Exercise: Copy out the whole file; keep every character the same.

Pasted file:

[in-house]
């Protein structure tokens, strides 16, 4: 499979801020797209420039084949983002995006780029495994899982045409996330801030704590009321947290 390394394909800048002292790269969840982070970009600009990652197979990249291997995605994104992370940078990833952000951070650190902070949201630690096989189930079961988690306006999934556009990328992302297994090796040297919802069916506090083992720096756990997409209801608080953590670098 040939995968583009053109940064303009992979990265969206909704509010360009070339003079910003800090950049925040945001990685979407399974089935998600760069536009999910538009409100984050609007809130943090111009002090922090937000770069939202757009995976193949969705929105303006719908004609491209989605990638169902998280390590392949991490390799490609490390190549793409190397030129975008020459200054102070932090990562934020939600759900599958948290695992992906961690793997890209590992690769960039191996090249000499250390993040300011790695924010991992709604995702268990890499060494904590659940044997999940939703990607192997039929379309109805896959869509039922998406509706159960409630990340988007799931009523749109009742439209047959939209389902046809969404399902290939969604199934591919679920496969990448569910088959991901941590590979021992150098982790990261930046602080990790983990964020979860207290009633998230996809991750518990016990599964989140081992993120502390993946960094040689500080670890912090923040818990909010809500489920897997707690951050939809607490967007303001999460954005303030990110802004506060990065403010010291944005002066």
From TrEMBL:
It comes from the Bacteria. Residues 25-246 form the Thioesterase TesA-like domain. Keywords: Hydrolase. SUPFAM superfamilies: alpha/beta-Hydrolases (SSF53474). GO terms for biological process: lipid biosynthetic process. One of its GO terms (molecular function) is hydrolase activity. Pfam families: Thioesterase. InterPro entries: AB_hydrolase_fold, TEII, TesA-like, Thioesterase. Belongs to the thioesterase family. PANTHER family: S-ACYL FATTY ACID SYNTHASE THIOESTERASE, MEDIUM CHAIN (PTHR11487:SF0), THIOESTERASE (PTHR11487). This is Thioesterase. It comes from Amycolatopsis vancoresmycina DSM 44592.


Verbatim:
[in-house]
């Protein structure tokens, strides 16, 4: 499979801020797209420039084949983002995006780029495994899982045409996330801030704590009321947290 390394394909800048002292790269969840982070970009600009990652197979990249291997995605994104992370940078990833952000951070650190902070949201630690096989189930079961988690306006999934556009990328992302297994090796040297919802069916506090083992720096756990997409209801608080953590670098 040939995968583009053109940064303009992979990265969206909704509010360009070339003079910003800090950049925040945001990685979407399974089935998600760069536009999910538009409100984050609007809130943090111009002090922090937000770069939202757009995976193949969705929105303006719908004609491209989605990638169902998280390590392949991490390799490609490390190549793409190397030129975008020459200054102070932090990562934020939600759900599958948290695992992906961690793997890209590992690769960039191996090249000499250390993040300011790695924010991992709604995702268990890499060494904590659940044997999940939703990607192997039929379309109805896959869509039922998406509706159960409630990340988007799931009523749109009742439209047959939209389902046809969404399902290939969604199934591919679920496969990448569910088959991901941590590979021992150098982790990261930046602080990790983990964020979860207290009633998230996809991750518990016990599964989140081992993120502390993946960094040689500080670890912090923040818990909010809500489920897997707690951050939809607490967007303001999460954005303030990110802004506060990065403010010291944005002066």
From TrEMBL:
It comes from the Bacteria. Residues 25-246 form the Thioesterase TesA-like domain. Keywords: Hydrolase. SUPFAM superfamilies: alpha/beta-Hydrolases (SSF53474). GO terms for biological process: lipid biosynthetic process. One of its GO terms (molecular function) is hydrolase activity. Pfam families: Thioesterase. InterPro entries: AB_hydrolase_fold, TEII, TesA-like, Thioesterase. Belongs to the thioesterase family. PANTHER family: S-ACYL FATTY ACID SYNTHASE THIOESTERASE, MEDIUM CHAIN (PTHR11487:SF0), THIOESTERASE (PTHR11487). This is Thioesterase. It comes from Amycolatopsis vancoresmycina DSM 44592.